I think that the model of providing centralized suburban parking at a rail station and then providing rail transit into the CBD is the next logical step in the evolution of public transit. As the cost of gasonline and personal transit rises, people will want to drive less, and demand for public transit will increase. Although people may use alternative transit to get to work, they will still want to keep their cars for leisure/nonwork activities.
Reply With Quote Quick reply to this message
 
Old 12-02-2012, 08:26 AM
 
9,520 posts, read 14,819,994 times
Reputation: 9769
Quote:
Originally Posted by pete6032 View Post
I think that the model of providing centralized suburban parking at a rail station and then providing rail transit into the CBD is the next logical step in the evolution of public transit.
That's an old model. It often fails, however, for any number of reasons.

1) Transit planners hate cars and don't want to do anything to accommodate drivers.

2) Stations are located in downtown areas where there is little room for parking

3) Towns with stations see no reason to accommodate parking for out-of-towners; they don't want the traffic or to build more parking. So they restrict parking to small lots and/or restrict it to residents.

4) Roads in areas with stations can't handle the commuter traffic.

We see all of these in New Jersey.

For #1: New Jersey Transit built an enormous transfer station (Secaucus Junction) located across all the major rail lines save one, one stop from New York City. It's in an industrial area right off the New Jersey Turnpike. And they built it without parking.

For #2: True of most stations in the NJ Transit system, major exceptions being Secaucus and Princeton Junction (there may be others), also Harrison on the PATH line.

For #3: South Orange and Brick Church on the Morris&Essex lines have over 4 year waits for nonresident parking permits. Many other stations on that line have over a year wait. Short Hills and Millburn don't allow non-residents to park at the station at all.

For #4: Again, true of most stations.

Not every station in NJ has these problems, but most do. And because they do, the few stations that don't end up totally overloaded. Princeton Junction, despite its very large lot, has over a 7 year wait for a parking permit. Secaucus, now that there is a lot nearby, charges $23/day, and still fills up by 9:30am. Harrison charges $13/12 hours.
Reply With Quote Quick reply to this message
 
Old 12-02-2012, 08:35 AM
 
Location: The City
22,331 posts, read 32,148,414 times
Reputation: 7738
Quote:
Originally Posted by nybbler View Post
That's an old model. It often fails, however, for any number of reasons.

1) Transit planners hate cars and don't want to do anything to accommodate drivers.

2) Stations are located in downtown areas where there is little room for parking

3) Towns with stations see no reason to accommodate parking for out-of-towners; they don't want the traffic or to build more parking. So they restrict parking to small lots and/or restrict it to residents.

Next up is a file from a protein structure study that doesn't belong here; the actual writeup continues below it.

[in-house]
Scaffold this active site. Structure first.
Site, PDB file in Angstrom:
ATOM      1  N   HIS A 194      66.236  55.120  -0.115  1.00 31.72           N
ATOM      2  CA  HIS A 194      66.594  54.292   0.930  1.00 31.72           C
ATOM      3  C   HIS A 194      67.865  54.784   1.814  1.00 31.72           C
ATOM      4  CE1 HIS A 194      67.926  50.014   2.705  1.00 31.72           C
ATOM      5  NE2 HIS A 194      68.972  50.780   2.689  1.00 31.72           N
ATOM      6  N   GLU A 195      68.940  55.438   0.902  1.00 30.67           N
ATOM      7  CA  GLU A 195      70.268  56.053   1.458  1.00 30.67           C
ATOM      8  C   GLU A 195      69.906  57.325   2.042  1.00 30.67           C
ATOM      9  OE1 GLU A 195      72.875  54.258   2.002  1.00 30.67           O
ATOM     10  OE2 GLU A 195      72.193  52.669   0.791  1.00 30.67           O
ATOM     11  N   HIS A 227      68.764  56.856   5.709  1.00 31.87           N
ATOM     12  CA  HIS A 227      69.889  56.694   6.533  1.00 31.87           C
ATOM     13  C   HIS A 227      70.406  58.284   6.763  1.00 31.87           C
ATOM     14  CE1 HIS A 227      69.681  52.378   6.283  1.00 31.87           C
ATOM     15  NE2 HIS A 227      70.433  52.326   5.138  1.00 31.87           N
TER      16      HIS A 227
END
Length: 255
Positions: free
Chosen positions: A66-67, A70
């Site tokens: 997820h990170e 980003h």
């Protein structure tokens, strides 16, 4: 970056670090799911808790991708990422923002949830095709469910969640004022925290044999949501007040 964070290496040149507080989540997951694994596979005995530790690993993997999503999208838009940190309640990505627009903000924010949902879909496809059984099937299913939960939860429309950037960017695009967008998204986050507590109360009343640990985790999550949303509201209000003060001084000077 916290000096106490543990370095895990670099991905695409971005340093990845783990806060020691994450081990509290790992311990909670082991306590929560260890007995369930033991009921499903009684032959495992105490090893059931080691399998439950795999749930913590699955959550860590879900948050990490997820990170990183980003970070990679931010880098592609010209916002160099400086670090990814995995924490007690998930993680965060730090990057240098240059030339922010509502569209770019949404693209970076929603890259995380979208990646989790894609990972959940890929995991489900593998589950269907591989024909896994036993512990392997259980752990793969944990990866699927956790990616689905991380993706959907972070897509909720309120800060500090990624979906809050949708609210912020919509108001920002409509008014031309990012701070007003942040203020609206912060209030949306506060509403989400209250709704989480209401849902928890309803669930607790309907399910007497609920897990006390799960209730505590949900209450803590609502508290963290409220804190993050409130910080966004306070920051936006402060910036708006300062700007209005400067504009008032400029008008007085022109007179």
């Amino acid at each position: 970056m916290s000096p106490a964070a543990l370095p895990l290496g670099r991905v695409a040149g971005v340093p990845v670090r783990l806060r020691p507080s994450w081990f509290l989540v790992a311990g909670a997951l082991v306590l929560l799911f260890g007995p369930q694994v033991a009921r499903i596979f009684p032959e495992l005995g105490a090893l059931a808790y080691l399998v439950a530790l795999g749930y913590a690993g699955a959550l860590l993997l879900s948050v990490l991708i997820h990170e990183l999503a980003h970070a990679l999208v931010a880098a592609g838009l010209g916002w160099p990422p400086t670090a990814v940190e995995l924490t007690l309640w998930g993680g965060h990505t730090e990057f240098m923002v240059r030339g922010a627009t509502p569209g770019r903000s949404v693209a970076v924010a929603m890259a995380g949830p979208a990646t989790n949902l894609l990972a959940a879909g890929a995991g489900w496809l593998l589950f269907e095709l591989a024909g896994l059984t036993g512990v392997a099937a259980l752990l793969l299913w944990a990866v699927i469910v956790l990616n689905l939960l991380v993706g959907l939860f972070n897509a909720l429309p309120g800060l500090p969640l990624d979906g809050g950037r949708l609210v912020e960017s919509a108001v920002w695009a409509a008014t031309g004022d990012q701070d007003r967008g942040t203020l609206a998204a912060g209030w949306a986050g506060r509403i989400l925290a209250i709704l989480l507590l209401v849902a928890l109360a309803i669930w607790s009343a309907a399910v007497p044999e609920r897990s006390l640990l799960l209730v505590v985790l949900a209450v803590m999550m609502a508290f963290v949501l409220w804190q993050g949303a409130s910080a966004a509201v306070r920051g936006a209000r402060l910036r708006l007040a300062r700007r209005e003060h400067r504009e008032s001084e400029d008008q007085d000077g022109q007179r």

4) Roads in areas with stations can't handle the commuter traffic.

We see all of these in New Jersey.

For #1: New Jersey Transit built an enormous transfer station (Secaucus Junction) located across all the major rail lines save one, one stop from New York City. It's in an industrial area right off the New Jersey Turnpike. And they built it without parking.

For #2: True of most stations in the NJ Transit system, major exceptions being Secaucus and Princeton Junction (there may be others), also Harrison on the PATH line.

For #3: South Orange and Brick Church on the Morris&Essex lines have over 4 year waits for nonresident parking permits. Many other stations on that line have over a year wait. Short Hills and Millburn don't allow non-residents to park at the station at all.

For #4: Again, true of most stations.

Not every station in NJ has these problems, but most do. And because they do, the few stations that don't end up totally overloaded. Princeton Junction, despite its very large lot, has over a 7 year wait for a parking permit. Secaucus, now that there is a lot nearby, charges $23/day, and still fills up by 9:30am. Harrison charges $13/12 hours.
Trenton and Hamilton have a ton of parking

BTW the princeton junction wit list is insane


Also Metro Park (no pun intended) in NJ has a pretty huge parking lot, as does New Carollton on the DC metro. As does the area arounf New Brunswick

but on the whole is very inconsitent

On the Septa Trenton Line (NE Corrider line) there is a park and ride built on 95 with direct access to the station that really gets sor of minimal usage. I wish this line was run by NJT as a continuance of the NE corrider line to 30th street. A RR optional at 1/4th the price of Amtrak would be great rather than a two seat Septa/NJT ride
Reply With Quote Quick reply to this message
 
Old 12-02-2012, 08:40 AM
 
Location: The City
22,331 posts, read 32,148,414 times
Reputation: 7738
Quote:
Originally Posted by pete6032 View Post